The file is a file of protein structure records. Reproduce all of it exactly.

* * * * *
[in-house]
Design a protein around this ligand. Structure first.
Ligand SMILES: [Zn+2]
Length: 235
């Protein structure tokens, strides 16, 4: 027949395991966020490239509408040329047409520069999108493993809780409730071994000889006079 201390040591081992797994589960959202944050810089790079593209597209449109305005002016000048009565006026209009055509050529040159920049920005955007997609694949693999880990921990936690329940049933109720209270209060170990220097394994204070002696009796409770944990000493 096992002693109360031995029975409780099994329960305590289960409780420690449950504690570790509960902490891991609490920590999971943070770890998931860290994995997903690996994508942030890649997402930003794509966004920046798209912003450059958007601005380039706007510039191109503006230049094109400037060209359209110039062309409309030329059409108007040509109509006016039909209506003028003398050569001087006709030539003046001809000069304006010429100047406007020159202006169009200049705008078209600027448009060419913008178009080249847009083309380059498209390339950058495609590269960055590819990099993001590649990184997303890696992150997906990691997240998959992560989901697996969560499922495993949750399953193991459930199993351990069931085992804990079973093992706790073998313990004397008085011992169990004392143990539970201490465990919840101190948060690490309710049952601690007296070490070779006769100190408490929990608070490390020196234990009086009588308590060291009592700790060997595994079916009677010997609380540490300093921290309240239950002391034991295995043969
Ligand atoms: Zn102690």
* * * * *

[in-house]
Design a protein around this ligand. Structure first.
Ligand SMILES: [Zn+2]
Length: 235
């Protein structure tokens, strides 16, 4: 027949395991966020490239509408040329047409520069999108493993809780409730071994000889006079 201390040591081992797994589960959202944050810089790079593209597209449109305005002016000048009565006026209009055509050529040159920049920005955007997609694949693999880990921990936690329940049933109720209270209060170990220097394994204070002696009796409770944990000493 096992002693109360031995029975409780099994329960305590289960409780420690449950504690570790509960902490891991609490920590999971943070770890998931860290994995997903690996994508942030890649997402930003794509966004920046798209912003450059958007601005380039706007510039191109503006230049094109400037060209359209110039062309409309030329059409108007040509109509006016039909209506003028003398050569001087006709030539003046001809000069304006010429100047406007020159202006169009200049705008078209600027448009060419913008178009080249847009083309380059498209390339950058495609590269960055590819990099993001590649990184997303890696992150997906990691997240998959992560989901697996969560499922495993949750399953193991459930199993351990069931085992804990079973093992706790073998313990004397008085011992169990004392143990539970201490465990919840101190948060690490309710049952601690007296070490070779006769100190408490929990608070490390020196234990009086009588308590060291009592700790060997595994079916009677010997609380540490300093921290309240239950002391034991295995043969
Ligand atoms: Zn102690």